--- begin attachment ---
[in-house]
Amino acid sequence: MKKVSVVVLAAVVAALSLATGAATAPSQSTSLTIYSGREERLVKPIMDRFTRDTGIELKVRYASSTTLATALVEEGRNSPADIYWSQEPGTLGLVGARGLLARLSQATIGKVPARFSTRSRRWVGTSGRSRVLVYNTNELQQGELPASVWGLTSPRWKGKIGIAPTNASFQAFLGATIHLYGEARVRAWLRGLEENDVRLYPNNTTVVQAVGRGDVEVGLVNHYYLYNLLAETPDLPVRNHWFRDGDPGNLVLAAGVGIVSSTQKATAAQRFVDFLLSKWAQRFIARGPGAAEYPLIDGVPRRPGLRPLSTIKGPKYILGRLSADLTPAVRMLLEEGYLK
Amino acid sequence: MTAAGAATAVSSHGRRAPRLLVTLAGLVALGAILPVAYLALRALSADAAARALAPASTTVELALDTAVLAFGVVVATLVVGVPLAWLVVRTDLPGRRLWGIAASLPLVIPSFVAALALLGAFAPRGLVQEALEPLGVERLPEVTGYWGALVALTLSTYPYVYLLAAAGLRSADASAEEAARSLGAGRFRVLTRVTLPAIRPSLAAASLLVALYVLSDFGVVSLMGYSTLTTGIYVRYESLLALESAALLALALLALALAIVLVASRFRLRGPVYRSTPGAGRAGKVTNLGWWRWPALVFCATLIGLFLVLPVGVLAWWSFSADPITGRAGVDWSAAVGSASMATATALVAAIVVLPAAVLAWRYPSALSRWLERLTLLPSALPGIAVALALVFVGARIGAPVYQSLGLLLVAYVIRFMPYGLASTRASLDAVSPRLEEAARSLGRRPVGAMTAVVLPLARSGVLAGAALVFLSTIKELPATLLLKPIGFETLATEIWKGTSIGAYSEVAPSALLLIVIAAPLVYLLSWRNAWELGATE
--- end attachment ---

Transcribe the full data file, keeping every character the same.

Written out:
[in-house]
Amino acid sequence: MKKVSVVVLAAVVAALSLATGAATAPSQSTSLTIYSGREERLVKPIMDRFTRDTGIELKVRYASSTTLATALVEEGRNSPADIYWSQEPGTLGLVGARGLLARLSQATIGKVPARFSTRSRRWVGTSGRSRVLVYNTNELQQGELPASVWGLTSPRWKGKIGIAPTNASFQAFLGATIHLYGEARVRAWLRGLEENDVRLYPNNTTVVQAVGRGDVEVGLVNHYYLYNLLAETPDLPVRNHWFRDGDPGNLVLAAGVGIVSSTQKATAAQRFVDFLLSKWAQRFIARGPGAAEYPLIDGVPRRPGLRPLSTIKGPKYILGRLSADLTPAVRMLLEEGYLK
Amino acid sequence: MTAAGAATAVSSHGRRAPRLLVTLAGLVALGAILPVAYLALRALSADAAARALAPASTTVELALDTAVLAFGVVVATLVVGVPLAWLVVRTDLPGRRLWGIAASLPLVIPSFVAALALLGAFAPRGLVQEALEPLGVERLPEVTGYWGALVALTLSTYPYVYLLAAAGLRSADASAEEAARSLGAGRFRVLTRVTLPAIRPSLAAASLLVALYVLSDFGVVSLMGYSTLTTGIYVRYESLLALESAALLALALLALALAIVLVASRFRLRGPVYRSTPGAGRAGKVTNLGWWRWPALVFCATLIGLFLVLPVGVLAWWSFSADPITGRAGVDWSAAVGSASMATATALVAAIVVLPAAVLAWRYPSALSRWLERLTLLPSALPGIAVALALVFVGARIGAPVYQSLGLLLVAYVIRFMPYGLASTRASLDAVSPRLEEAARSLGRRPVGAMTAVVLPLARSGVLAGAALVFLSTIKELPATLLLKPIGFETLATEIWKGTSIGAYSEVAPSALLLIVIAAPLVYLLSWRNAWELGATE